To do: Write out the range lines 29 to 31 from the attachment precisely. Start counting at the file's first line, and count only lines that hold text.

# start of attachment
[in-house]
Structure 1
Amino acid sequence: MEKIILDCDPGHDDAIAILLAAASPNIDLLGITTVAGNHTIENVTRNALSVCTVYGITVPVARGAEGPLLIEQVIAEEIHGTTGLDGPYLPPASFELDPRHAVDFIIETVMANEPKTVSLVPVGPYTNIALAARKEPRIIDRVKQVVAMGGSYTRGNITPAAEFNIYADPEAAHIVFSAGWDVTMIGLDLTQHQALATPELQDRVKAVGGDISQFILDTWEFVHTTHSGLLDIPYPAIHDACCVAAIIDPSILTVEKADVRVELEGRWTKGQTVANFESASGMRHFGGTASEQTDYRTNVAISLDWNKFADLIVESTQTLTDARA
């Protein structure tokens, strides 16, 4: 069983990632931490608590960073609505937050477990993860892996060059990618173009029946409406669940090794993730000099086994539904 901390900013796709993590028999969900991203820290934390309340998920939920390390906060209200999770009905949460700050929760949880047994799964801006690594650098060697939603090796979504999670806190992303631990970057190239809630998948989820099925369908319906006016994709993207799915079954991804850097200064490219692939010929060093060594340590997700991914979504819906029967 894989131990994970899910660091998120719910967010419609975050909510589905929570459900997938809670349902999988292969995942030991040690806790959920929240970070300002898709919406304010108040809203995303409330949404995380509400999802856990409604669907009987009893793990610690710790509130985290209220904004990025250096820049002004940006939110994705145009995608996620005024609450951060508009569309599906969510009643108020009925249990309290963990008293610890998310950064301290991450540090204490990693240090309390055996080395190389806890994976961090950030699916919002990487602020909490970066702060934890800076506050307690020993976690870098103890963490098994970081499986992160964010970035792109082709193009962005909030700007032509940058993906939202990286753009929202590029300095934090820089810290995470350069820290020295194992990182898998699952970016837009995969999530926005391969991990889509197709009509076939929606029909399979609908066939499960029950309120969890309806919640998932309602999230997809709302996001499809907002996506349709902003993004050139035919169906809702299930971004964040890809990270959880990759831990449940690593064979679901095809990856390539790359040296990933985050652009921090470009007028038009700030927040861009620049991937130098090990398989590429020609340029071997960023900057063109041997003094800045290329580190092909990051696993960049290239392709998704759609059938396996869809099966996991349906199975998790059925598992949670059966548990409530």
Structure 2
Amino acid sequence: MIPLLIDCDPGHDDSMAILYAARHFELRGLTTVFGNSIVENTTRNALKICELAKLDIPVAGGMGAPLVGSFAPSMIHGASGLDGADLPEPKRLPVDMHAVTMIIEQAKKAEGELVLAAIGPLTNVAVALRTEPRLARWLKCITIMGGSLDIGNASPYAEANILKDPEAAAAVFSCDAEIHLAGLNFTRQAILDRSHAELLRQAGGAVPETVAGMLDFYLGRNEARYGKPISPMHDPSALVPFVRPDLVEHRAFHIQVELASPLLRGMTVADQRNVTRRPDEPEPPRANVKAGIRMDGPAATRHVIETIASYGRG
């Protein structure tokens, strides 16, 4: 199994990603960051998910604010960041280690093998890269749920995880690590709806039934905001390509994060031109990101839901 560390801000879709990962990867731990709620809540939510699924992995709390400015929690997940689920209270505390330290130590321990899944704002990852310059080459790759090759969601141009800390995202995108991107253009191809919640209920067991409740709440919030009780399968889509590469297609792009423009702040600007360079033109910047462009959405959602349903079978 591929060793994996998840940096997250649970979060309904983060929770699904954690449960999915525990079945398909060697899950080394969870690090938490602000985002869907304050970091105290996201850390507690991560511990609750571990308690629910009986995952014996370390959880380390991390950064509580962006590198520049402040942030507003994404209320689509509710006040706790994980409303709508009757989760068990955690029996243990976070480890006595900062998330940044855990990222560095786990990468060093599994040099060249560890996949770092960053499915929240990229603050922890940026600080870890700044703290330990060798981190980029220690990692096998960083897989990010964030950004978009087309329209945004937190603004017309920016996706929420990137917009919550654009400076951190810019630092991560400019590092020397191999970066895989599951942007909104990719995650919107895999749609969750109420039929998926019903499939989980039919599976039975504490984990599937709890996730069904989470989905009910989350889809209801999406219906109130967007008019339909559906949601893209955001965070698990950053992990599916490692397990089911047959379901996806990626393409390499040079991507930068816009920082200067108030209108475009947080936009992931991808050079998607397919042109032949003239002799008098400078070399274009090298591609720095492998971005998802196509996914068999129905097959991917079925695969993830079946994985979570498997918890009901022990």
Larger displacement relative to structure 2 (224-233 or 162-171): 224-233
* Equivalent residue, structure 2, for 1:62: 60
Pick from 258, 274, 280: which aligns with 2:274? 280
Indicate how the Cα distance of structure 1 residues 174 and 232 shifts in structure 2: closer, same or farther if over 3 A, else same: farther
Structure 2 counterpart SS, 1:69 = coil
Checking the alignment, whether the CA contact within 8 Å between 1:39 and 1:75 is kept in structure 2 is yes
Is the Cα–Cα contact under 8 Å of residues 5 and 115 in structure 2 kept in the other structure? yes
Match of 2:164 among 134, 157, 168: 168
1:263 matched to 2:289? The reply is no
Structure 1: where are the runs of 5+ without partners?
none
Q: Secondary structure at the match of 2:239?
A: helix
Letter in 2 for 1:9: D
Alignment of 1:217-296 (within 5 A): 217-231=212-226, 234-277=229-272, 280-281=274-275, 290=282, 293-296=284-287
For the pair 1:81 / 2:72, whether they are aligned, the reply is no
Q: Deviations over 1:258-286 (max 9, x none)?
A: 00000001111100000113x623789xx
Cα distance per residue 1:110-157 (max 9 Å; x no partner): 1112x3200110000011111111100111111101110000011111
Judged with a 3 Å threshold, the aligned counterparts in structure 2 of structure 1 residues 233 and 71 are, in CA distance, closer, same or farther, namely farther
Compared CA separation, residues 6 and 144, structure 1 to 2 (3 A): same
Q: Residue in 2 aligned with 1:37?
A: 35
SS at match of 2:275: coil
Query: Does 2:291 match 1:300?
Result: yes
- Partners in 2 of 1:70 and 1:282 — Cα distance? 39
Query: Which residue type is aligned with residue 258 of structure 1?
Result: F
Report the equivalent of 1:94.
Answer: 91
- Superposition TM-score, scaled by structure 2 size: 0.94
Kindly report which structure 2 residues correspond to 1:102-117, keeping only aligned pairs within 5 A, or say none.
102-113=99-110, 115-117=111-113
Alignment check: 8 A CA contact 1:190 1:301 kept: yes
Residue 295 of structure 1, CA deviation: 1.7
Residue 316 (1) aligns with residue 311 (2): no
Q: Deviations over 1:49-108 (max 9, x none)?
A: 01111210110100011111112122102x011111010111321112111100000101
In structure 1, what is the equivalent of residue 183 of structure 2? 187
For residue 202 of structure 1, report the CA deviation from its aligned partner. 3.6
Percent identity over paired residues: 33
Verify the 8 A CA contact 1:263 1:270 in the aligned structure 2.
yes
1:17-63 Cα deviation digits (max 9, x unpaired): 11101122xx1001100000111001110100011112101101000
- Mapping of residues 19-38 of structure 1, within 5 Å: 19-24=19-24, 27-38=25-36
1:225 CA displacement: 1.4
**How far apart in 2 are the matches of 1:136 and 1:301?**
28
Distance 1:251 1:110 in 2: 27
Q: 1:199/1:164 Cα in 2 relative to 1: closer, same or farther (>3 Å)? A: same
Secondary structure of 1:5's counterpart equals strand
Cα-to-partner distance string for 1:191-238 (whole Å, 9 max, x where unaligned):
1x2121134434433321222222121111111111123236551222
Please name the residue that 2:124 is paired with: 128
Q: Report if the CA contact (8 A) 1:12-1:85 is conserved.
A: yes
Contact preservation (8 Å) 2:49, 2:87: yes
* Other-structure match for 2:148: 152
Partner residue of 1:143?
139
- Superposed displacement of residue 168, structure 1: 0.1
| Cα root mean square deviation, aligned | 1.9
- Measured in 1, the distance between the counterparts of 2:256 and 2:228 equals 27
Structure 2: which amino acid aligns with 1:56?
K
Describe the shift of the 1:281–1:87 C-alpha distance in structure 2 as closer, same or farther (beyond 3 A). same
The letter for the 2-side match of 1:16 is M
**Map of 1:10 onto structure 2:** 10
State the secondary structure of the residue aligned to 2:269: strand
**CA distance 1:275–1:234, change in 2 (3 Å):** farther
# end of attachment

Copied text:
Q: Residue in 2 aligned with 1:37?
A: 35
SS at match of 2:275: coil